Would you support a party that wanted to close down your place of work and put you out of a job? I’m guessing probably not.
Might you be tempted to vote for an MP who, despite your support for many of the policies they have campaigned for, has never stopped attacking the sector you work in? You might pause before making your mark on the ballot sheet with that stubby pencil.
Such personal considerations might outweigh many issues, including Brexit.
We’re not talking here about a profession that has questionable claims about the work it does. No, these are teachers who work every day to help and support young people. These are professionals who, like all teachers, work tirelessly to improve the life chances of the pupils they care for.
But, because these are teachers who work in independent schools, they’re considered a legitimate target in an educational shooting match that has become increasingly politicised and (almost inevitably) careless with facts.
Abolition of independent schools?
Little thought is given to the children that such policies will affect if these additional costs were imposed and schools began to close down; nobody cares that many of these young people are vulnerable and need that additional level of support and stability that the maintained sector would give if only it had the funds. Disruption to their schooling is collateral damage for the social-justice warriors now determining policy. There is a new cruel disregard for those who are seen as in any way privileged.
Abolishing discounted business rates, charging VAT on fees, "integrating" private schools into the maintained sector. Such words and phrases are semantic signposts that point to the same destination: abolition.
Jobs and young people's futures at risk
In an age of confusion, futile gestures often have to take the place of considered change, because there isn’t the desire, the patience or the funds to plan something so difficult as addressing real social disadvantage. So, instead, we pick on symbolic targets.
Attacking independent schools is a lodestar, an article of faith that no reason, no counterclaims, no thoughts about job losses, and certainly no amount of hypocrisy can dislodge from the organising consciousness of political activists.
If an independent school closes in any community, hundreds of jobs are immediately lost. But countless other dependent businesses are also irreparably damaged. When did we care so little about such things as the welfare of children and the value of employment?
Those of us in the sector are familiar with these old critics. Indeed, many will have attended the schools they want to impose crippling financial burdens on; others will have sent their children to us, brazenly uncaring about the double standards being applied. Education is an emotional business that cuts across party lines.
Independent schools will continue to argue that the work we do reaches into many families and communities, transforming thousands of lives for the better, including those who attend the many state schools we work in partnership with. We will continue to stand up for parental choice, arguing that what is being proposed will cost the country dearly, both in financial terms, as well as in educational outcomes, and with no evidence that it will be of any real benefit, not least for the state schools that will have to accept students who leave the bankrupt independents.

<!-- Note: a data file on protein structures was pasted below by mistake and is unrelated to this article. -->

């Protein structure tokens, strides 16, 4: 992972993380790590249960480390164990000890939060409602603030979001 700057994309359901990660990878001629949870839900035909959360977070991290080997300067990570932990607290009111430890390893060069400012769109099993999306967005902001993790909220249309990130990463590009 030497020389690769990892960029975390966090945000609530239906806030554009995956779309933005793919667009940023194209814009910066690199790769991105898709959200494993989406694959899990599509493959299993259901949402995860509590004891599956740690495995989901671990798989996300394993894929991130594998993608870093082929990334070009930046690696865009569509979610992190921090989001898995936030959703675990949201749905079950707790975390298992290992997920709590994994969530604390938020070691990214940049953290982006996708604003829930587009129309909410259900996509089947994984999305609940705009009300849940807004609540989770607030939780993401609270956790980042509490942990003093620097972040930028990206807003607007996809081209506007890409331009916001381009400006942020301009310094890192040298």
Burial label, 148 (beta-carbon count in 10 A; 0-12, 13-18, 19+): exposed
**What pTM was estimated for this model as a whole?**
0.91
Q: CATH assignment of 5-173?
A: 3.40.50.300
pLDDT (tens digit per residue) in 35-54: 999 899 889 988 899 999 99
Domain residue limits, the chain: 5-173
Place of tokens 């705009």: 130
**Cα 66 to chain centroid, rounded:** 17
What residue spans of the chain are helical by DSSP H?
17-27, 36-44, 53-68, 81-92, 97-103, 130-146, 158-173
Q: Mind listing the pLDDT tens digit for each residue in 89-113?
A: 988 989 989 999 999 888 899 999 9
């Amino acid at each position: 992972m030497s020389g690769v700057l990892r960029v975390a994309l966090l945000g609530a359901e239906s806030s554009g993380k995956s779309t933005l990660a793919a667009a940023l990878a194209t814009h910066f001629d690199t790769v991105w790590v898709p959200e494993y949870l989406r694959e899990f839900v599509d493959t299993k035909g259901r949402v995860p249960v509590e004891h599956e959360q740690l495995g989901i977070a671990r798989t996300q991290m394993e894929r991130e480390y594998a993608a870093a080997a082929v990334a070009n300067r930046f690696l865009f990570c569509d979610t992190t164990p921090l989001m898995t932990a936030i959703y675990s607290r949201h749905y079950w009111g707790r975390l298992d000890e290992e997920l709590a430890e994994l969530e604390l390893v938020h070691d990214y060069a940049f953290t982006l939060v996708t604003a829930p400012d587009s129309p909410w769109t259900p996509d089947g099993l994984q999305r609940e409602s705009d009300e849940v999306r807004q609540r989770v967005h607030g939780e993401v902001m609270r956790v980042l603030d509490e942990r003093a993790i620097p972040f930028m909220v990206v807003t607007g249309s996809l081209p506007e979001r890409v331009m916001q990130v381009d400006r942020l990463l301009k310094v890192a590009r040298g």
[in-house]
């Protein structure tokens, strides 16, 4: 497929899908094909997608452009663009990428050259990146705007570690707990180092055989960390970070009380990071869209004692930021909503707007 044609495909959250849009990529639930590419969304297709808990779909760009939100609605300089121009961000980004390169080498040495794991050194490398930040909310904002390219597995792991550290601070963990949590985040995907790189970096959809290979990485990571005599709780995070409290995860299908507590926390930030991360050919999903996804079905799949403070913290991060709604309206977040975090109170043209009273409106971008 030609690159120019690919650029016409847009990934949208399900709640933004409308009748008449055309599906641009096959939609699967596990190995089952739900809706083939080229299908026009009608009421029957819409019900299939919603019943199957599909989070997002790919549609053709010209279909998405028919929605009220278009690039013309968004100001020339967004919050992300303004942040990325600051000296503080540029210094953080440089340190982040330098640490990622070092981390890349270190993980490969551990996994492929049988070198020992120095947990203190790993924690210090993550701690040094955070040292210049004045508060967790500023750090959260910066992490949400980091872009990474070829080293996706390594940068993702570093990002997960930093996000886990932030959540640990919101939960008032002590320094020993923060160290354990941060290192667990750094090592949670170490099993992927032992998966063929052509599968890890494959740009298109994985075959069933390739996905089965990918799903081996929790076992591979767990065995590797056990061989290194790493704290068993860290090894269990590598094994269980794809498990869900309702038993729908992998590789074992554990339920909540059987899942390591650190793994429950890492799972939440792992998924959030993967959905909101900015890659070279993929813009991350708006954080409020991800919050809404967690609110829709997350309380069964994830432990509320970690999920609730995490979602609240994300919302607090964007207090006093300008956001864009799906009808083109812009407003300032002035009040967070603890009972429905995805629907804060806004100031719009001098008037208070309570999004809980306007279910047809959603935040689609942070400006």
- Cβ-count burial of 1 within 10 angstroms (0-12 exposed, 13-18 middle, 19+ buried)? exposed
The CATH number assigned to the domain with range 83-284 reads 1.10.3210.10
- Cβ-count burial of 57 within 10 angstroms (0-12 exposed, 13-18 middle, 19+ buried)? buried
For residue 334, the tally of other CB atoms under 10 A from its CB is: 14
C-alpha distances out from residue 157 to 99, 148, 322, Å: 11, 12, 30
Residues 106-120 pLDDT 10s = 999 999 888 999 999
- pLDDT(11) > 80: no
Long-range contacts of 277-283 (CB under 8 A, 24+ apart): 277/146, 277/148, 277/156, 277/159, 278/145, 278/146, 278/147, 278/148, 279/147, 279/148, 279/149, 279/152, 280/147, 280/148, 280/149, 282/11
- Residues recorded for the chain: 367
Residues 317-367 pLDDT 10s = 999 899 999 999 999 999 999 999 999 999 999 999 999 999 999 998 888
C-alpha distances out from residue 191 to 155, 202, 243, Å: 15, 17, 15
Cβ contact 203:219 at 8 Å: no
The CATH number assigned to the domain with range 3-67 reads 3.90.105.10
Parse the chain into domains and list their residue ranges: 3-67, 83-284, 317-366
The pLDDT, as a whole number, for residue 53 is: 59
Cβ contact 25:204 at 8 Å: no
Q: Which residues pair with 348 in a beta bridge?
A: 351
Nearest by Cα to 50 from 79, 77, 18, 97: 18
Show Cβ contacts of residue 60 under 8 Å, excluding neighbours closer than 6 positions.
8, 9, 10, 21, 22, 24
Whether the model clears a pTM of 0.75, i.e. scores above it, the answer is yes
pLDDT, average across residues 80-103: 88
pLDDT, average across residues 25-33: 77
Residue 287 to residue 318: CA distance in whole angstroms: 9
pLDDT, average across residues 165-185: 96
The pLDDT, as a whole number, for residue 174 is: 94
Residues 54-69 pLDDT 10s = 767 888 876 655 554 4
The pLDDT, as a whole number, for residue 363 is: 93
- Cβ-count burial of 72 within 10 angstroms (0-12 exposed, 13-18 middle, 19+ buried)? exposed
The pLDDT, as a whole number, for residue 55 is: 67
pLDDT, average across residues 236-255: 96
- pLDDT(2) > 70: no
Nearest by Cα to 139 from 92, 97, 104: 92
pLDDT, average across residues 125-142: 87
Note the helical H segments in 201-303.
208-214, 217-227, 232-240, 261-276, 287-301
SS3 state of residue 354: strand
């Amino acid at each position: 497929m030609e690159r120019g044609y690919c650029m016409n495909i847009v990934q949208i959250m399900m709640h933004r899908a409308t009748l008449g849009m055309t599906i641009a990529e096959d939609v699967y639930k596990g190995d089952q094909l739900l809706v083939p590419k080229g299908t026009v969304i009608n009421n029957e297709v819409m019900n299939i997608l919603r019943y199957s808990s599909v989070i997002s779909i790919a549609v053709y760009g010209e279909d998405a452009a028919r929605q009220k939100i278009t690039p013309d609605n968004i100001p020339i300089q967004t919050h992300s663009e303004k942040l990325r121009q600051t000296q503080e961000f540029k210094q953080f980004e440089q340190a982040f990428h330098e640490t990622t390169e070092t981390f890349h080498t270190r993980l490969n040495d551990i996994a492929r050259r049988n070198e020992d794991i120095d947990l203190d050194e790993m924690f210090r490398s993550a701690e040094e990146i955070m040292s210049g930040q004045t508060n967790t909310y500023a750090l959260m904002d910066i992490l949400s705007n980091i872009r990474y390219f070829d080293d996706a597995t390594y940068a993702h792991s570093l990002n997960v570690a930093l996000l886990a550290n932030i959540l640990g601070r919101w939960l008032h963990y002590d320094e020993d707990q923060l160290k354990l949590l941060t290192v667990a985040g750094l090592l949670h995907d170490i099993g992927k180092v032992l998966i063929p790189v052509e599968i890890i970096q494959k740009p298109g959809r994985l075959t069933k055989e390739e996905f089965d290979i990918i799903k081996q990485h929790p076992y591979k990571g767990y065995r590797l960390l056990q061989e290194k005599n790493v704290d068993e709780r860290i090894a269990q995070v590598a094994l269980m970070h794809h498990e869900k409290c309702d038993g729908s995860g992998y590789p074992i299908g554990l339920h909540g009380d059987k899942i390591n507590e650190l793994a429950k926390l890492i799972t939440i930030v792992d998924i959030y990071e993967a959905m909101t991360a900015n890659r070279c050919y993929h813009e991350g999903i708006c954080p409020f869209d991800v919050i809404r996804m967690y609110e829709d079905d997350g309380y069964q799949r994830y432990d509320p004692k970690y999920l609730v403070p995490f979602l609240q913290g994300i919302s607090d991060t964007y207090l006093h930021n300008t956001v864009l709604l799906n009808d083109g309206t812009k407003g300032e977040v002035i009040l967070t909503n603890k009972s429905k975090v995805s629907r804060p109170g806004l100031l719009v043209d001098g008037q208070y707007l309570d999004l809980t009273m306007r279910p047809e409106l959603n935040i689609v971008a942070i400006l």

Nobody really believes that the tax raised by VAT on fees will seamlessly negotiate a post-Brexit Treasury and find its way into the pockets of state-school headteachers.
Teaching unions' silence is shameful
All this noise around the sector eventually makes nuanced debate impossible. Both sides are beginning to suffer from a tinnitus of understanding, each becoming increasingly defensive, rather than seeking ever-greater cooperation. Such tiresome hectoring and wilful suspension of rational thought is the spirit of the age, and it serves those who scream the loudest for longest. Rooms eventually empty; energy saps; the zealots have created an echo chamber that drowns out debate. The last one tweeting wins.
Only the Association of School and College Leaders, under the principled leadership of Geoff Barton, recognises and supports all its members, irrespective of institution. But the silence emanating from the NEU and the NASUWT is shameful. Remember, both unions have thousands of members from independent schools who pay their fees every month. And both unions should, you would hope, seek to defend these members’ interests.
To continue to accept their fees but do nothing to defend their interests is bordering on the immoral. But when was the last time you heard any leader of a teaching union defending the work our independent schools do, or campaigning against a political party seeking to make impossible financial demands of them? You’re more likely to read about the NEU’s latest policy on asbestos than the future of a sector that educates over 500,000 pupils.
Why didn’t a teaching union challenge the Labour Party to substantiate the claims made in these leaks, or to explain how these proposals stack up mathematically?
The answer is simple: our main teaching unions have abandoned their members when they need them most. Standing ovations are clear demonstrations of allegiance to a political ideology, but their current silence can be even more articulate, and our unions are uncharacteristically reticent now.
Never in my 20 years of being a teacher has my union card weighed so heavily on my conscience, and never has it been so weightless in value.
David James is deputy head (academic) of Bryanston School, an independent school in Dorset